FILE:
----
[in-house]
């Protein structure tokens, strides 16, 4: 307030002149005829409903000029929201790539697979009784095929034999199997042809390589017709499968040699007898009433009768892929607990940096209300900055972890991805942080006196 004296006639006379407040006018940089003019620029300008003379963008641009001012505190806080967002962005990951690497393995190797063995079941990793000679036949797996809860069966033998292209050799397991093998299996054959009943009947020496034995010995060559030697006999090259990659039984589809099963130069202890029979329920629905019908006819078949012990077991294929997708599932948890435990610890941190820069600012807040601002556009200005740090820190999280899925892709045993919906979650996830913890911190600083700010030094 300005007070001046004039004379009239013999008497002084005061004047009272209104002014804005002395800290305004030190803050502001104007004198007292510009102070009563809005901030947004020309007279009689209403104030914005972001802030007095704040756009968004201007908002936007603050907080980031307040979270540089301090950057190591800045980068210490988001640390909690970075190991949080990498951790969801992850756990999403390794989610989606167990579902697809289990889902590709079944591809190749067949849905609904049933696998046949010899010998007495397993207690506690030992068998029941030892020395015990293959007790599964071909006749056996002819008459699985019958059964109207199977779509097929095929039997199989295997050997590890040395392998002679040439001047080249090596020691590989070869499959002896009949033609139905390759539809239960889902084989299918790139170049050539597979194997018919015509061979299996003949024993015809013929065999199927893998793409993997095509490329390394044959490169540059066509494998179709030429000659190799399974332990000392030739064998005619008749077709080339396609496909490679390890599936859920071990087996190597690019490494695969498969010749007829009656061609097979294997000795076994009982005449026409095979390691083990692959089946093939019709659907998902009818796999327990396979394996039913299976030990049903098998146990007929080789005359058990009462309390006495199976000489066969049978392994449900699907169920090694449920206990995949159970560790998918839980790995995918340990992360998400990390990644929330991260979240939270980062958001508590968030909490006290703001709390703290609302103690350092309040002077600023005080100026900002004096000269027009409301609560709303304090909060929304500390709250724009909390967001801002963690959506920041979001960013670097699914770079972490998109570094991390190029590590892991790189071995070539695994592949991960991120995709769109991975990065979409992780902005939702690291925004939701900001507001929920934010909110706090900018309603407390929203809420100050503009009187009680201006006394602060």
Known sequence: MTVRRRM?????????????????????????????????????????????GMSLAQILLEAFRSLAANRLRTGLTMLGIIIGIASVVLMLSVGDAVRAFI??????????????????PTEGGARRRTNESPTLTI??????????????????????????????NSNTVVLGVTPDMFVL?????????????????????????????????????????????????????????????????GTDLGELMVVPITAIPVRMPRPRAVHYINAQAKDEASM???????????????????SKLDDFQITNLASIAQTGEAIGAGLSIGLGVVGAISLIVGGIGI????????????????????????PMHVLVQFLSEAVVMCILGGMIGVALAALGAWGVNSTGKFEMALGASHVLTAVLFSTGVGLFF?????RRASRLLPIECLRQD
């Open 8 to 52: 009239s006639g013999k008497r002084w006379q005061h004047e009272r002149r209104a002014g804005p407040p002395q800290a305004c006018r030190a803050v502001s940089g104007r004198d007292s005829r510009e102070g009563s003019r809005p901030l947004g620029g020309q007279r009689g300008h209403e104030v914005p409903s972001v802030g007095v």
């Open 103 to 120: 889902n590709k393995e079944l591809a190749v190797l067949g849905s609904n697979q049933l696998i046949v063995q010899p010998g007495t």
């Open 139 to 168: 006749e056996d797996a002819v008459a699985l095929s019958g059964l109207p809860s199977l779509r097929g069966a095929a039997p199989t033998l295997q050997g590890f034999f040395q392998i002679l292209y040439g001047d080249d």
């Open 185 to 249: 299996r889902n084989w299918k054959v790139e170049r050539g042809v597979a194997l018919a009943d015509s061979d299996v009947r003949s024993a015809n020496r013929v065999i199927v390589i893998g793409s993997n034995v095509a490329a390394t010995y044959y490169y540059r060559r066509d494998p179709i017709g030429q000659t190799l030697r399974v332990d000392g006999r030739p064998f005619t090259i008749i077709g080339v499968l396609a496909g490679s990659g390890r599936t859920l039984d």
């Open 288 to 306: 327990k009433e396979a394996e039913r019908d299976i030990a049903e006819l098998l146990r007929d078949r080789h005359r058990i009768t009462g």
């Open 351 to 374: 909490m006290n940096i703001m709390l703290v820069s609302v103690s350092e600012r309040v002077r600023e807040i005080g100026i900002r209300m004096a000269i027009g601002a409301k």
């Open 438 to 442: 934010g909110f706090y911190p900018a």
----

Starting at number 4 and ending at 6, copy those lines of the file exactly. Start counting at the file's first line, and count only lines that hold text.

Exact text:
């Open 8 to 52: 009239s006639g013999k008497r002084w006379q005061h004047e009272r002149r209104a002014g804005p407040p002395q800290a305004c006018r030190a803050v502001s940089g104007r004198d007292s005829r510009e102070g009563s003019r809005p901030l947004g620029g020309q007279r009689g300008h209403e104030v914005p409903s972001v802030g007095v």
């Open 103 to 120: 889902n590709k393995e079944l591809a190749v190797l067949g849905s609904n697979q049933l696998i046949v063995q010899p010998g007495t």
């Open 139 to 168: 006749e056996d797996a002819v008459a699985l095929s019958g059964l109207p809860s199977l779509r097929g069966a095929a039997p199989t033998l295997q050997g590890f034999f040395q392998i002679l292209y040439g001047d080249d």